Soap-opera drama is done with; now it's back to daily grind
The two main participants in a very public drama are returning to work at the Portland Police Bureau - former Chief Derrick Foxworth and the woman who accused him of wrongdoing, Angela Oswalt.
Oswalt, the police desk clerk whose letters threatening a lawsuit led to the demotion of Foxworth, went back to work Wednesday at North Precinct. A recent phone call to the main number there produced the response, 'Hello, North Precinct, this is Angela.'
Meanwhile, Foxworth - who'd been demoted to captain, then promoted to commander a few days later - officially came off adminstrative leave on Wednesday, as well. But he used vacation time to postpone his return and is expected to report for work Monday at Southeast Precinct, where he will be in charge.
Scandal has a quiet finish
The two employees' returns will mark the official end of one of the stranger episodes in Portland Polie Bureau history.
In March, Oswalt's attorney, Victor Calzaretta, delivered to Mayor Tom Potter several sexually graphic e-mails Foxworth had sent Oswalt in 2000 and 2001, when Foxworth was the commander of Northeast Precinct.
The following month, Calzaretta sent a series of letters to the city accusing Foxworth of misusing city resources and an 'abuse of power' for allegedly threatening Oswalt to keep their relationship secret - while also failing to intervene in her workplace to protect her from what she described as harassment by fellow employees.
The letters were promptly made public by the city and detailed in media accounts, making Foxworth the butt of jokes both publicly and inside the bureau he led.
The subsequent investigation of the employees' affair was conducted by city Human Resources Director Yvonne Deckard. It found no evidence that Foxworth had threatened Oswalt - in fact, it confirmed that the relationship was consensual.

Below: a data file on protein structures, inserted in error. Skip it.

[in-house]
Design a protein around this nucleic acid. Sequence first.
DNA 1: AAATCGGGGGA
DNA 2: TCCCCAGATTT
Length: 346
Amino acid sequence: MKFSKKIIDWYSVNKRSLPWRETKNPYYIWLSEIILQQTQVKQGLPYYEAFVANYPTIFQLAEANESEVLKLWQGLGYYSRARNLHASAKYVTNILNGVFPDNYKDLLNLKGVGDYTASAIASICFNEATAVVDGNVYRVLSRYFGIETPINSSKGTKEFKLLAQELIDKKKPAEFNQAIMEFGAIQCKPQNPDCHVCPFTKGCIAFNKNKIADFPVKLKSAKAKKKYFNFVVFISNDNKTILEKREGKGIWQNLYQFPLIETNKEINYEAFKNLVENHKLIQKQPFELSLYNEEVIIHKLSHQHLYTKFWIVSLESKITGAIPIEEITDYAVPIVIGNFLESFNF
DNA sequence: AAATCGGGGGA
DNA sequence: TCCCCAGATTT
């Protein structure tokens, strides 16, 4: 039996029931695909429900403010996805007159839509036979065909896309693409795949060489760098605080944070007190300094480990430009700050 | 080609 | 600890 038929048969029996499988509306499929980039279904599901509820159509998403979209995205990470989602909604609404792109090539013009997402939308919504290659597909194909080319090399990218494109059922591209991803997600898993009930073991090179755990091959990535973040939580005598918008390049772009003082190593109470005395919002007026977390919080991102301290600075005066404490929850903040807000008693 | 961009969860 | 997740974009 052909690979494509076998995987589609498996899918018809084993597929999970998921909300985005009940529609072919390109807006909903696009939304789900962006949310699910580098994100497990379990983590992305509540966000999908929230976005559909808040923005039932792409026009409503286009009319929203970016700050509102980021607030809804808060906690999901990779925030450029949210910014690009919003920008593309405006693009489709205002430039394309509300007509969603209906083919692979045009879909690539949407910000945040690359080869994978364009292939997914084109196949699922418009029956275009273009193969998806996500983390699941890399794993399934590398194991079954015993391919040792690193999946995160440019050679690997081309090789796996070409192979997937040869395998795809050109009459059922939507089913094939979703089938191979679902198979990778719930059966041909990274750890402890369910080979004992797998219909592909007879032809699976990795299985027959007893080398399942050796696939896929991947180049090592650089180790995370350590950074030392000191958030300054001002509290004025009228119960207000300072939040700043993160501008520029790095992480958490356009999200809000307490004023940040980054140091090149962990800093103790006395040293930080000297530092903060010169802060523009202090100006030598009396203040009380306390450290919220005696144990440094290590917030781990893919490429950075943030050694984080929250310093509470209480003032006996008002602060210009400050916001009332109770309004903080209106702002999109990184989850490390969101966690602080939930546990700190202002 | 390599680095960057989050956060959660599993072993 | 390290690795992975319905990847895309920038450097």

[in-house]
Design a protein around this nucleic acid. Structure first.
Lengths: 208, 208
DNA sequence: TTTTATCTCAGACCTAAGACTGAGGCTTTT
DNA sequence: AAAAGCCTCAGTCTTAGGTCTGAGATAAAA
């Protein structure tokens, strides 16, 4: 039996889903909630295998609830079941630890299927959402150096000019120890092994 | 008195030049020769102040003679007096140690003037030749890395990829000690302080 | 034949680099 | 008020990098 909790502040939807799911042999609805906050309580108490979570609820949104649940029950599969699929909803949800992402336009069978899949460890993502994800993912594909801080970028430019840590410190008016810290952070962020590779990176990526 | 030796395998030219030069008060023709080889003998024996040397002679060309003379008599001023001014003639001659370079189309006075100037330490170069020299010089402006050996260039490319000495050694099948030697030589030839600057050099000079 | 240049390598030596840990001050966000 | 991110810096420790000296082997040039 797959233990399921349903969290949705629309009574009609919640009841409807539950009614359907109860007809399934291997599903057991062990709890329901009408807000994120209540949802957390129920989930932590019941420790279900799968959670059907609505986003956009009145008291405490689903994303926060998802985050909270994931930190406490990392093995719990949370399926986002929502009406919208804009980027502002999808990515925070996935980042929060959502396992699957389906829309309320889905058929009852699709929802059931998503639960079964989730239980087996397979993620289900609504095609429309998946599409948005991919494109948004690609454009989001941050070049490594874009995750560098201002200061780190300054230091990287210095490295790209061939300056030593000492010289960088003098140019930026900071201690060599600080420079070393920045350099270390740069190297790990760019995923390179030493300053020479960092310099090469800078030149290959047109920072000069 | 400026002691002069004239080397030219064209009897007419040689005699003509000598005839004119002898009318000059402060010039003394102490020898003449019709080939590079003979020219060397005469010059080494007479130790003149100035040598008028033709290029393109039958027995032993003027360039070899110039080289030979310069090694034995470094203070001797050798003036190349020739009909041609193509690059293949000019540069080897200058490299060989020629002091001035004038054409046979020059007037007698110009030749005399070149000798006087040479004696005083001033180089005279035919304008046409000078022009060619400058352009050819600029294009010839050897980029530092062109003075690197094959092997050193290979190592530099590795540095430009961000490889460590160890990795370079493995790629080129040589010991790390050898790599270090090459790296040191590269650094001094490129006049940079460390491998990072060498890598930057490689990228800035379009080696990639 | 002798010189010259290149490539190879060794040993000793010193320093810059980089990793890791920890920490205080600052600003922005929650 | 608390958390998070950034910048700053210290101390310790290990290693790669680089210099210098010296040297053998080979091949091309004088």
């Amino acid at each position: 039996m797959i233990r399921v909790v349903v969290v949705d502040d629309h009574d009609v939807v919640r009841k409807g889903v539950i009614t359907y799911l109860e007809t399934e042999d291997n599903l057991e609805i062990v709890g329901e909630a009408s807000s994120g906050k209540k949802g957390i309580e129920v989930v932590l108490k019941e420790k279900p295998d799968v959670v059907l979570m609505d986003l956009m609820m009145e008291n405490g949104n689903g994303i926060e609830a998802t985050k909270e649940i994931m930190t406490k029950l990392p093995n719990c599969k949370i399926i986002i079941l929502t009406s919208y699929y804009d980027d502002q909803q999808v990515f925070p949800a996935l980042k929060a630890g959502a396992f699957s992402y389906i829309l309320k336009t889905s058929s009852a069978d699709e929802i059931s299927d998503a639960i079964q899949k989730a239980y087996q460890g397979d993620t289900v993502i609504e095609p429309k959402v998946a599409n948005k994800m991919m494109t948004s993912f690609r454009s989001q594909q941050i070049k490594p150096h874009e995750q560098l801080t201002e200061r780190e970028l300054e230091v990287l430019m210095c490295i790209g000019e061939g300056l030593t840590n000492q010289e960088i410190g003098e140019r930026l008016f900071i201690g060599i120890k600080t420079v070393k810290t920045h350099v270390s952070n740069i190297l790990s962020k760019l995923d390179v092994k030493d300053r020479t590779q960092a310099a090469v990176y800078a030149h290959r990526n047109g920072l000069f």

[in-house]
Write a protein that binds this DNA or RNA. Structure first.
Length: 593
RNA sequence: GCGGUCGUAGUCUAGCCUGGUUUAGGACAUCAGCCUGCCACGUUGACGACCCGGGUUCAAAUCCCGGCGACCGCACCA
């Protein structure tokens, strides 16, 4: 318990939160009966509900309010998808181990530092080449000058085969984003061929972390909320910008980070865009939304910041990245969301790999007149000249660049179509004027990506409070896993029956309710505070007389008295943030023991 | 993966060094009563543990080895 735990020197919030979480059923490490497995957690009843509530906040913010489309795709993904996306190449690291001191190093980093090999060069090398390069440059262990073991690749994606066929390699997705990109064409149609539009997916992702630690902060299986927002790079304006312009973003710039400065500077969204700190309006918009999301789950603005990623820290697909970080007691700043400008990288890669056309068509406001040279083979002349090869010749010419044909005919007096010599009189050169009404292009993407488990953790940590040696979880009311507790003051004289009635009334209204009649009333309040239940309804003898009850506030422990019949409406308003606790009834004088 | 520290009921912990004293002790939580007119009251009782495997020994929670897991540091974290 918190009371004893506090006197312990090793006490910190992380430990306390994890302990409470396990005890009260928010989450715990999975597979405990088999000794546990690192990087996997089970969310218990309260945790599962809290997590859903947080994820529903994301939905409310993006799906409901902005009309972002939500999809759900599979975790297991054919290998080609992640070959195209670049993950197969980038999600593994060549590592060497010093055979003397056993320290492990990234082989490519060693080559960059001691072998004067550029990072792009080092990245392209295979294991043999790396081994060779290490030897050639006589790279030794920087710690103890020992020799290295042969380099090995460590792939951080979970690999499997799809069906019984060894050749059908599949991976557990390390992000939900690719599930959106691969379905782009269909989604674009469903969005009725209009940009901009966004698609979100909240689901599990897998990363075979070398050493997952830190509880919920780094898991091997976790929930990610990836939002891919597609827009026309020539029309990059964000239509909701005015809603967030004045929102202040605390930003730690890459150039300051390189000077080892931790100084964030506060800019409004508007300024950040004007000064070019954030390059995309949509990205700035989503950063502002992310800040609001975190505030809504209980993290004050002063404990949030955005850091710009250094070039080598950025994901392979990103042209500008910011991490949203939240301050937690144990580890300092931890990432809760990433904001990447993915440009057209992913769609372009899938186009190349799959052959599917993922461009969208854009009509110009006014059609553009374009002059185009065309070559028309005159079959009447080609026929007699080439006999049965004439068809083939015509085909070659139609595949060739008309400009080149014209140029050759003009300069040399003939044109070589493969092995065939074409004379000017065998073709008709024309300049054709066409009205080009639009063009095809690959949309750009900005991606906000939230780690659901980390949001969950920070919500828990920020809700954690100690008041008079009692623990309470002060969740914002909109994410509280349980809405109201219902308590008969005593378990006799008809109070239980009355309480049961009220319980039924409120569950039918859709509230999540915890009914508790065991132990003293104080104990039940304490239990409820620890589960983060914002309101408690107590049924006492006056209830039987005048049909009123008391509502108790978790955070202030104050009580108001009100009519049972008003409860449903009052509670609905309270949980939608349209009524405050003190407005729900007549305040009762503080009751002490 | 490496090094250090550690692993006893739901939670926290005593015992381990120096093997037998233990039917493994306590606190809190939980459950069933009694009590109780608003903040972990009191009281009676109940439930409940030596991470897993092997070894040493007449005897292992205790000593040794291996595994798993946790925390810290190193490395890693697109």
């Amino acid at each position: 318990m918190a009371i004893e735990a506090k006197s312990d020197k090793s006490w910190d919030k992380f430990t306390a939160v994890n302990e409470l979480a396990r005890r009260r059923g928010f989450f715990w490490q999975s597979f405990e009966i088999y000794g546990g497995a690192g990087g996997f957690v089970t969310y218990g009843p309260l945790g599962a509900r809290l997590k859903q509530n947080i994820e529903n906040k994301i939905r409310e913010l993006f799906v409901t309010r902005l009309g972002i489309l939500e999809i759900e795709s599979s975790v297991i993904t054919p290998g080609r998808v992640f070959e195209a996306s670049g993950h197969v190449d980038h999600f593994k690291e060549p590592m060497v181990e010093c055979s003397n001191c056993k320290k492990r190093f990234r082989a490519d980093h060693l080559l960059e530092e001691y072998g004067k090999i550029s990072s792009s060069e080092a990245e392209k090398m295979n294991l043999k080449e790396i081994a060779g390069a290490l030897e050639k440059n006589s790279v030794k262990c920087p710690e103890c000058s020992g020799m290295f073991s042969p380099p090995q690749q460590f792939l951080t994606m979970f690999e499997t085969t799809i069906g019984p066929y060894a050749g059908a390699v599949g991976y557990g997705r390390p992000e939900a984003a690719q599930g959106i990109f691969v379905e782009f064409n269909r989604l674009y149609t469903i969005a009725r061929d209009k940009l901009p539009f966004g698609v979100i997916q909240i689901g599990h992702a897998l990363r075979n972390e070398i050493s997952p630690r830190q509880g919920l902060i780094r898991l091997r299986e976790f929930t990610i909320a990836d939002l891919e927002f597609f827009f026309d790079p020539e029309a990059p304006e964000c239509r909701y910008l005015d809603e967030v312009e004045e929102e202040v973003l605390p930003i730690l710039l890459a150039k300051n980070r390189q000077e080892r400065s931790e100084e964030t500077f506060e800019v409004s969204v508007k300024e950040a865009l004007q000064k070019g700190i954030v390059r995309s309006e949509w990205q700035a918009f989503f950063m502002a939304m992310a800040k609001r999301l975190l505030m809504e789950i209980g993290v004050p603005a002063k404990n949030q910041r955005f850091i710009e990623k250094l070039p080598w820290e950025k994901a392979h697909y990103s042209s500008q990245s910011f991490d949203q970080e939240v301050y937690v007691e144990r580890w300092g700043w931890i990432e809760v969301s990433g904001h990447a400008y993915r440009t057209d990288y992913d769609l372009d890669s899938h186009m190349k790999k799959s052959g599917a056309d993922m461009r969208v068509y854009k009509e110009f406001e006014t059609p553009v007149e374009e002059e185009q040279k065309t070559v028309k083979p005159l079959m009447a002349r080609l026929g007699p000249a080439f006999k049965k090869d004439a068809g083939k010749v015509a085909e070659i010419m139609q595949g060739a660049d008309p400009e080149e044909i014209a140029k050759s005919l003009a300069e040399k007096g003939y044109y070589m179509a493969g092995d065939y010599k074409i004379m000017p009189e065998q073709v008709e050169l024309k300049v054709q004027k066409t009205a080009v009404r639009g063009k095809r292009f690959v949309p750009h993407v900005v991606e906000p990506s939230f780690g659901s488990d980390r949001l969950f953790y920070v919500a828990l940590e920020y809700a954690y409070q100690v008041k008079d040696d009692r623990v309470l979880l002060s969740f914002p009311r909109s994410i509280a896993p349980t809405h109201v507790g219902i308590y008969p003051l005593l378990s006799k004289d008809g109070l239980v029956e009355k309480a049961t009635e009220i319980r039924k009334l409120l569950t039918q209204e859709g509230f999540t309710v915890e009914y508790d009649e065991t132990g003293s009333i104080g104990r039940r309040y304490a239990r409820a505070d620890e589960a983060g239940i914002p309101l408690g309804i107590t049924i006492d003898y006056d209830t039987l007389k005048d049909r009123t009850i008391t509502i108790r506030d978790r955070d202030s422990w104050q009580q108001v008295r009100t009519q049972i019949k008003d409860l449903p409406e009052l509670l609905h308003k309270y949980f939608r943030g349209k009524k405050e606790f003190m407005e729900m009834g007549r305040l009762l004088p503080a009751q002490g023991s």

The report found no evidence that fellow employees had harassed her; rather, it detailed several instances in which Oswalt's allegations and recollections were contradicted by documents or other employees.
It cleared Foxworth of wrongdoing but faulted him for 'unprofessional conduct' in voicing his opinion on a widely publicized sexual-harassment scandal in the Special Emergency Response Team, which it termed 'rumor mongering.'
In the end, Potter demoted Foxworth to captain, blaming in part a 'media frenzy' that damaged Foxworth's ability to lead.
The following week, however, new Chief Rosie Sizer promoted Foxworth to Southeast Precinct commander, saying his administrative abilities made him a good fit for the job.
Players ready to move on
While bloggers and media commentators have predicted that either Oswalt or Foxworth would file a lawsuit, it's possible the issue will just quietly fade away.
Reportedly, Oswalt was given a choice of several jobs with a variety of city bureaus, including some that paid more money. However, James Hester, her union representative, said she chose to go back to North Precinct as a desk clerk.
'She truly was committed to the police bureau, and I think she just felt that that's where she wanted to stay,' Hester said.
'I think she struggled with it because there's always the fear of retaliation and retribution. And we're going to be monitoring it closely.'
Foxworth also seemed content - given the circumstances - with how things turned out. June 17, after the report was made public, Foxworth sent friends and family a link to it, saying it 'clears me of the most serious allegations' and adding that he and his wife, Linda, were OK and 'look forward to moving beyond this situation.'
Later, as his promotion to commander was about to be announced, he sent out another e-mail to colleagues at the bureau.
'FYI I am going to SE Precinct as the Commander,' he wrote. 'I am content with the decision and looking forward to moving on. I don't want anyone to try to advocate on my behalf going to another assignment.
'I am tired and just want to move on … Thanks for all support.'
Frank Lenzi of KPAM contributed to this report.